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We have a fairly large living room space. it's about 19.5' x 22' and I want to build a long shelf above the television to display some large models. I'd like the shelf to be 10' long by 20" deep.

My plan was to use a 2x4x10 and toggle bolt it to the studs on the wall, then build off of that 2x4x10 with 18" 2x4 struts and then finish it with drywall. The total weight of the models on the shelf will be around 100lbs.

I can't find a lot of information on extra large floating shelfs online...most of what I find are pre-fab brackets for very small floating shelfs. Is this because it's not going to work? I am concerned that if I go too deep with the shelf that the front edge of the shelf will droop and not stay perpendicular to the wall.

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    "toggle bolt it to the studs on the wall" sounds like you don't know what a toggle bolt is for, or how to attach things to studs... You'd want lag bolts if doing it that way.
    – Ecnerwal
    Jul 30, 2023 at 21:14
  • Provide a drawing. I'm not sure where "struts" go in a floating shelf, and I'm not entirely sure what the s... Oh, the "struts" are going to be the equivalent of cantilevered joists. Most curious how you're planning on attaching those to the ledger board attached to the wall. Yeah, a drawing of your plan would be most helpful.
    – FreeMan
    Jul 31, 2023 at 0:41
  • yes, I meant lag bolts. Aug 1, 2023 at 23:25

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Simple and sturdy enough for what you are doing would be to cut a slot in the drywall (you're going to drywall the shelf anyway, so drywall finishing is a given) and screw or lag-bolt ~23 inch 2x4s to the side face of the studs, poking out into the room. That's a nice strong connection between the stud and the shelf support. Put a 1x4 or 2x4 at the end of the supports sticking out, plywood on top, drywall around and underneath.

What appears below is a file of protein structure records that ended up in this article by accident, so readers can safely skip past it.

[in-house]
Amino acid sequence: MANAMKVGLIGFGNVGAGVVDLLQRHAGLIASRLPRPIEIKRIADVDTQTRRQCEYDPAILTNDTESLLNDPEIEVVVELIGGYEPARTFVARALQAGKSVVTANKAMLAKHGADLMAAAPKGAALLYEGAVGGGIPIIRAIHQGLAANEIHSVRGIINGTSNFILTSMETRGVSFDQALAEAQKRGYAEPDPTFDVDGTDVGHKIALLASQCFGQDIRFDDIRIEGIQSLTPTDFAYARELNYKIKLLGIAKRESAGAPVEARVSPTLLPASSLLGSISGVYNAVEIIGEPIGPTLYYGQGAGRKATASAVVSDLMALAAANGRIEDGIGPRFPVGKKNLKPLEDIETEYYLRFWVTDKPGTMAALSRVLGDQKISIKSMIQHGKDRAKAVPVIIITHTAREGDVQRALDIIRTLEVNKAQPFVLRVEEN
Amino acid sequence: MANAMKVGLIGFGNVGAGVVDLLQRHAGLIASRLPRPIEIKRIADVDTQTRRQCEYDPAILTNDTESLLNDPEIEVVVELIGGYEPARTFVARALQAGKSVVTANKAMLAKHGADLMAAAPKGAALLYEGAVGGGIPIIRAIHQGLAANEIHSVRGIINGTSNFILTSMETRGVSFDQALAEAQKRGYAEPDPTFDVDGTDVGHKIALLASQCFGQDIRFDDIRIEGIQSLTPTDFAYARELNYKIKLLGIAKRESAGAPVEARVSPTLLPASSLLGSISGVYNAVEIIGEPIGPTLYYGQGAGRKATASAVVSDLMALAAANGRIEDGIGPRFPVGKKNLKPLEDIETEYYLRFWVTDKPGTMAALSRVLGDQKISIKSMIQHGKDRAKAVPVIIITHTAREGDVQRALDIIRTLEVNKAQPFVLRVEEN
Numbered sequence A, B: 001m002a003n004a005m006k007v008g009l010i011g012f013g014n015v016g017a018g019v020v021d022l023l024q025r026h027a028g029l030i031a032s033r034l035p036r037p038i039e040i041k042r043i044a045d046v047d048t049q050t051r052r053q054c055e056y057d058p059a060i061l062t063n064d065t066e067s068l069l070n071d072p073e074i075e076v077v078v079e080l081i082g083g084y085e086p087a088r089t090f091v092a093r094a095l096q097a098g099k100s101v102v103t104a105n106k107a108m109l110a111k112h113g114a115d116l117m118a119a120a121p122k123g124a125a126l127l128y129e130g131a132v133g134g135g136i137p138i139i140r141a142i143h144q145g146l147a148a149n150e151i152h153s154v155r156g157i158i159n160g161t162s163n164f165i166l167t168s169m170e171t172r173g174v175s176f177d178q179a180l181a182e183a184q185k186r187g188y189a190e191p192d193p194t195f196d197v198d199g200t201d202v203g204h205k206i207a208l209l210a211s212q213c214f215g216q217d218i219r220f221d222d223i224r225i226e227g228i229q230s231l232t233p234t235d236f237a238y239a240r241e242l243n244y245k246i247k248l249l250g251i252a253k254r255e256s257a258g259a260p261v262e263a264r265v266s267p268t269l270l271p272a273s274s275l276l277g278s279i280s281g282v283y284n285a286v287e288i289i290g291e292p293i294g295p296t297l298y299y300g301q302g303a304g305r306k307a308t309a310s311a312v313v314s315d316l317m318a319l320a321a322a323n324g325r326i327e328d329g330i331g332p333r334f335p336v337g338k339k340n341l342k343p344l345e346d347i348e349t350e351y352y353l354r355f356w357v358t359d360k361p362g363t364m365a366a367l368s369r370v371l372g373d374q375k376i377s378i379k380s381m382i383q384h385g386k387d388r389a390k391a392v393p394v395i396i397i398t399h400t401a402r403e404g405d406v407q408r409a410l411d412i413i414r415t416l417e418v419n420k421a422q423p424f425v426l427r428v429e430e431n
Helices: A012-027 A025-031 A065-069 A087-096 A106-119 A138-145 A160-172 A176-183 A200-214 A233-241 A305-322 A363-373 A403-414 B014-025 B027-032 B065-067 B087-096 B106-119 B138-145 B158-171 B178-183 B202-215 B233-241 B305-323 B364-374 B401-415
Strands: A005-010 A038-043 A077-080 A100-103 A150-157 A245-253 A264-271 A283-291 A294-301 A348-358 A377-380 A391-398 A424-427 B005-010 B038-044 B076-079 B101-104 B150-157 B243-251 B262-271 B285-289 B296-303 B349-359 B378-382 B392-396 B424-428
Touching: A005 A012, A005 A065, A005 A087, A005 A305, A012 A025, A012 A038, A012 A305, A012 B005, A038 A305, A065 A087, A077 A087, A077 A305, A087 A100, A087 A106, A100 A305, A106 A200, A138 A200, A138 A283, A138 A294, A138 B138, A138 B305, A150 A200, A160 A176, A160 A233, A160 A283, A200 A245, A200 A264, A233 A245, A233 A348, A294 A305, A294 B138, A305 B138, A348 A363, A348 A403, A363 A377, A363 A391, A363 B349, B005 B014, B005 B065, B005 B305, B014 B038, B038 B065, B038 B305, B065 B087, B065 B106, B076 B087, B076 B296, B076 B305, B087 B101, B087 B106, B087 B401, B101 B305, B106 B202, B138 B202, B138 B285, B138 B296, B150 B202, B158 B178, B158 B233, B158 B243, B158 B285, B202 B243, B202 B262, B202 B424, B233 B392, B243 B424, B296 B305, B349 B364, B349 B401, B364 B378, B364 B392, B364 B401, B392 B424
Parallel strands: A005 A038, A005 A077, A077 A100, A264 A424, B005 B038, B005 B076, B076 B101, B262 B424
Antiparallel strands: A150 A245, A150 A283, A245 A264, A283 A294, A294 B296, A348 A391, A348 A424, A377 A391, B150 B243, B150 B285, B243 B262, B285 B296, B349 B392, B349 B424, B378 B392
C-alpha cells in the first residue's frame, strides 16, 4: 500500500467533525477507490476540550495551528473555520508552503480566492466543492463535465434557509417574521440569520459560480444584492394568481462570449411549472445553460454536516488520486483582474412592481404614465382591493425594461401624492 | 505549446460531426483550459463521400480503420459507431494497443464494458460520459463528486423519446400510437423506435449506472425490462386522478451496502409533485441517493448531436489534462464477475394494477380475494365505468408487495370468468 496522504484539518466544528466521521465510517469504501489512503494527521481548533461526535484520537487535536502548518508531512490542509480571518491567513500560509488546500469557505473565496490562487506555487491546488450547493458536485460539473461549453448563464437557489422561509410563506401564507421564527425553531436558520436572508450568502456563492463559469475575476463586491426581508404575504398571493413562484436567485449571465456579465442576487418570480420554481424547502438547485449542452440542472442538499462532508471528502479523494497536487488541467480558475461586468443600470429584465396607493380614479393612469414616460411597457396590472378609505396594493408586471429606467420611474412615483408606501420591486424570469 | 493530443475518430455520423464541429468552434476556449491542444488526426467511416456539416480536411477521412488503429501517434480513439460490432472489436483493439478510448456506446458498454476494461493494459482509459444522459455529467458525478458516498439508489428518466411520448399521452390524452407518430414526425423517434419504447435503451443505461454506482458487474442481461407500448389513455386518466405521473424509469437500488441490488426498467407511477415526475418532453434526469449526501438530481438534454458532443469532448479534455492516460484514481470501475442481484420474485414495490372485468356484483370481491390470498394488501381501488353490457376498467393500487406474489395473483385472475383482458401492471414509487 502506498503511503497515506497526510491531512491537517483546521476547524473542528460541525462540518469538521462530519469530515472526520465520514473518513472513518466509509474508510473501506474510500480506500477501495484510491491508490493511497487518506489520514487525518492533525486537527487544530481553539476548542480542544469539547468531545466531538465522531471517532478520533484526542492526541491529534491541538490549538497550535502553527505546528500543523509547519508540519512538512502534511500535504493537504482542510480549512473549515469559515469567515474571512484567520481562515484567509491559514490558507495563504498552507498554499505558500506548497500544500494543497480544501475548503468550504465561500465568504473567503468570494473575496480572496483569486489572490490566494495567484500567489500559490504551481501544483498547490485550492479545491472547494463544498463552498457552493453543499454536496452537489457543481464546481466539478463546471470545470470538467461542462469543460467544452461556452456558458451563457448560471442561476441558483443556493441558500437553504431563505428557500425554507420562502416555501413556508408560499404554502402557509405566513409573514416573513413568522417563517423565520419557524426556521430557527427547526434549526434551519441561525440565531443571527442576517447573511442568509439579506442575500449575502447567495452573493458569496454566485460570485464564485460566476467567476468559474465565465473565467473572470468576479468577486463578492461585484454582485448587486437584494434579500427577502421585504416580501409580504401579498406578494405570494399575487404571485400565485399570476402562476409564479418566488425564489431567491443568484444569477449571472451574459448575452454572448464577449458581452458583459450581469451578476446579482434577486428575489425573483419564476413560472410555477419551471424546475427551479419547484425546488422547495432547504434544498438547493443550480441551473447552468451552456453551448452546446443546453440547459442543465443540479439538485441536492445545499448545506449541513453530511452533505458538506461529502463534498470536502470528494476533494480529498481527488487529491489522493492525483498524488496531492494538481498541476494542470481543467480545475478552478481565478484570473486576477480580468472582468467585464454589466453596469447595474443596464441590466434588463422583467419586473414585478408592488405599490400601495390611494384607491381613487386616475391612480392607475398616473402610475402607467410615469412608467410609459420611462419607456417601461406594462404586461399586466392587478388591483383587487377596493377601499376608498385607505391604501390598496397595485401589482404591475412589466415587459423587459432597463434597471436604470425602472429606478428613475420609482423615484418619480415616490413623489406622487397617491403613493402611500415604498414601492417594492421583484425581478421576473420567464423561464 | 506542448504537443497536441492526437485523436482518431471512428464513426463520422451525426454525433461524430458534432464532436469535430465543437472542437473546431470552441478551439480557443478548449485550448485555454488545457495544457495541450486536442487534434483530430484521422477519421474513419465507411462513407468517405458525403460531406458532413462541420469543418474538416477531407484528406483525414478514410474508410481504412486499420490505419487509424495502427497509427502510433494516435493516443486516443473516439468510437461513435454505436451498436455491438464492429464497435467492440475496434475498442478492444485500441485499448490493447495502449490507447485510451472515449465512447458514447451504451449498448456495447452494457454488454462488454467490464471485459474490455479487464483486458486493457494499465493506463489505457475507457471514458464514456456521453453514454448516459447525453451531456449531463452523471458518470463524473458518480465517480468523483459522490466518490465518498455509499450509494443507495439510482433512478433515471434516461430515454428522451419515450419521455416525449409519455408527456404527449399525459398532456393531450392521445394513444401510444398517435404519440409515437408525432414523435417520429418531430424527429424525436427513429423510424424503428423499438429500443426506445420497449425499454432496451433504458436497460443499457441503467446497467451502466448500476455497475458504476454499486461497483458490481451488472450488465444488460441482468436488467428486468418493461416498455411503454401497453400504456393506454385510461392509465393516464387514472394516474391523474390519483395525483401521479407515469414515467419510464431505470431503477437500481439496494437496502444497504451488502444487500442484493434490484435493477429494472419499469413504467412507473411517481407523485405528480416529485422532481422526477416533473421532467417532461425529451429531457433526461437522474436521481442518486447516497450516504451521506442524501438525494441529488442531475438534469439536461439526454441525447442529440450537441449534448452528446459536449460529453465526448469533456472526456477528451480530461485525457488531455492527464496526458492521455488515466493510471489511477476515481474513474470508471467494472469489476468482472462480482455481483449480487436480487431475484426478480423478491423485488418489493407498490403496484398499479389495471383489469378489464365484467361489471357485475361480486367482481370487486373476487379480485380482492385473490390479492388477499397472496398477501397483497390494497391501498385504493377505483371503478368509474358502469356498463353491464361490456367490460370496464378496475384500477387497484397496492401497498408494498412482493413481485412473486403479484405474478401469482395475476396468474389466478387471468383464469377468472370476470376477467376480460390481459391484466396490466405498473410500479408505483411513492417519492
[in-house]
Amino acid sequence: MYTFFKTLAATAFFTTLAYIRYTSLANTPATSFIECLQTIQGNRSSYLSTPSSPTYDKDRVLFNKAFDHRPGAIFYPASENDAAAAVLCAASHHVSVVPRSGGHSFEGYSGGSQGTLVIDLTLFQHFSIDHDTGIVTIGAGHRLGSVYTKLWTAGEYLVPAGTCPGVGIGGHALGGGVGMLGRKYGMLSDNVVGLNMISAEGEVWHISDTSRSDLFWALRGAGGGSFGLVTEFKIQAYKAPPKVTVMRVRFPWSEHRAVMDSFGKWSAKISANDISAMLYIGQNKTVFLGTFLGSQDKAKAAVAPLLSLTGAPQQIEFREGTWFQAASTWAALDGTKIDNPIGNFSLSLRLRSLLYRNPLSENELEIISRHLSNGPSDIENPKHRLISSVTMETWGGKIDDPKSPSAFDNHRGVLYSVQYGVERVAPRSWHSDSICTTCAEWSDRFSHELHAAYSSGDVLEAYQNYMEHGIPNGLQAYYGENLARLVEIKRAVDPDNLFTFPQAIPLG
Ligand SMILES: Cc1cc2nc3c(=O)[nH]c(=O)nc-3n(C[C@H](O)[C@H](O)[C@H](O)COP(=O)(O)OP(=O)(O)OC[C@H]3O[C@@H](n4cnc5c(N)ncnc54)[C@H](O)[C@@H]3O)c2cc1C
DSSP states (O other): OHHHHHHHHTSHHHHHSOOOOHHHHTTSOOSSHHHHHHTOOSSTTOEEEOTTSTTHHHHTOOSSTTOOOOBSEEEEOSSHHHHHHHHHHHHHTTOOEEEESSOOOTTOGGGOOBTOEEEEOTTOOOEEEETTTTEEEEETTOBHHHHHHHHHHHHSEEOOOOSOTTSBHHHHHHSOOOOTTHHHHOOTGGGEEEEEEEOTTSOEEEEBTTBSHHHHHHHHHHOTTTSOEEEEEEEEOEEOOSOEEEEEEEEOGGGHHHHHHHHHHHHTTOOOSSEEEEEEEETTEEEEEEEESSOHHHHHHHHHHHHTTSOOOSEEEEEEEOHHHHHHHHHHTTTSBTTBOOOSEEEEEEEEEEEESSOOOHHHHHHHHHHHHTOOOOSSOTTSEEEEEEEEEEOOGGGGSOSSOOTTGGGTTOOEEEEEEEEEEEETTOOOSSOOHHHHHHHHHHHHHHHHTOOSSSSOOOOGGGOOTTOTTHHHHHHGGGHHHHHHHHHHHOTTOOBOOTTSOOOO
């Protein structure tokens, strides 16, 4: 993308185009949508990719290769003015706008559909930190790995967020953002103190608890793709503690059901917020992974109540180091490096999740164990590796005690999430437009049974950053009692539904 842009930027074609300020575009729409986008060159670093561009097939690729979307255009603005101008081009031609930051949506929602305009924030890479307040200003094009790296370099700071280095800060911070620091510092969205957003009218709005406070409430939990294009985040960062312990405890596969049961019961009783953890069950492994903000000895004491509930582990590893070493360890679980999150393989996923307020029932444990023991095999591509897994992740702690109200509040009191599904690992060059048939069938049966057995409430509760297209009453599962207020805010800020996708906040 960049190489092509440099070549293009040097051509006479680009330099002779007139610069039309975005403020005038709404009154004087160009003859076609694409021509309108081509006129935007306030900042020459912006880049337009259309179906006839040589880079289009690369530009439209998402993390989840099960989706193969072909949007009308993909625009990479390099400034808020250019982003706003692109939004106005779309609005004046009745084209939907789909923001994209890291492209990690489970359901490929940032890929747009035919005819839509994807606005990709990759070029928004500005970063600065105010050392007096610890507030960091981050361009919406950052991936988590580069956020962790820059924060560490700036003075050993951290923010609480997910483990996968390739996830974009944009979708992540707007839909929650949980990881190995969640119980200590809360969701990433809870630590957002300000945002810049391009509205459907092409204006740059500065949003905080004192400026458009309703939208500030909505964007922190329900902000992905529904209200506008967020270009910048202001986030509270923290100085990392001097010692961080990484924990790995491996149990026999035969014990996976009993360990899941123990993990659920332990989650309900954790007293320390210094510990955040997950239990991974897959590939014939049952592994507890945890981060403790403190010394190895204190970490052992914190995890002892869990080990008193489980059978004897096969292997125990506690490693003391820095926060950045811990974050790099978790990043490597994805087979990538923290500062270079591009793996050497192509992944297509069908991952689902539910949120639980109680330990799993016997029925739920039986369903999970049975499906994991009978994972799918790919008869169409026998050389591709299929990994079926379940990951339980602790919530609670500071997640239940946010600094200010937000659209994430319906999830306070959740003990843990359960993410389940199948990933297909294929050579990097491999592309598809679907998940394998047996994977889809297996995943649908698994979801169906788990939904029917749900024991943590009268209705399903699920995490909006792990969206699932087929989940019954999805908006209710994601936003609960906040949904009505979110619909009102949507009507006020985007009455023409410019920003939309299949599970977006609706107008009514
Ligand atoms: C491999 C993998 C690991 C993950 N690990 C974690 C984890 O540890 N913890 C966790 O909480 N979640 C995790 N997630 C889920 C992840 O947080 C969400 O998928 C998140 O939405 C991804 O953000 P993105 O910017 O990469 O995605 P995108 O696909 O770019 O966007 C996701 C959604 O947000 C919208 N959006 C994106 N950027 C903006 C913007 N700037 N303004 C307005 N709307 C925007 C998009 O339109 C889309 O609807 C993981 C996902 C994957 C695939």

Your proposed method puts a lot of stress on some weak connections, which are likely to bend.

Alternately, you could use the access to attach some steel brackets for a thinner shelf profile.

While you have a planned weight of 100 lbs, experience suggests that you should assume that a human (young, perhaps; foolhardy, surely; under the weight limit, unknown...) will climb up there at some point, so a little overbuilding would be wise.

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  • If I was doing this for myself, I'd absolutely have fabbed up metal brackets (at least 3) running the whole depth of the shelf and then about 3' down the wall stud. Think about the weight of the lumber and drywall in this shelf, along with the intended (and unintended) loads. I'd only do this for a client if it was engineered. Jul 30, 2023 at 22:01
  • I understand your description and that makes a lot of sense. I have been discussing the idea with my father who has framing experience and he came up with some additional ideas that incorporate supports at either end of the shelf. Like this, imgur.com/71Pft7s please excuse the very crude tape lines...and messy living room...this gives the idea. Still a work in progress. Aug 1, 2023 at 23:33

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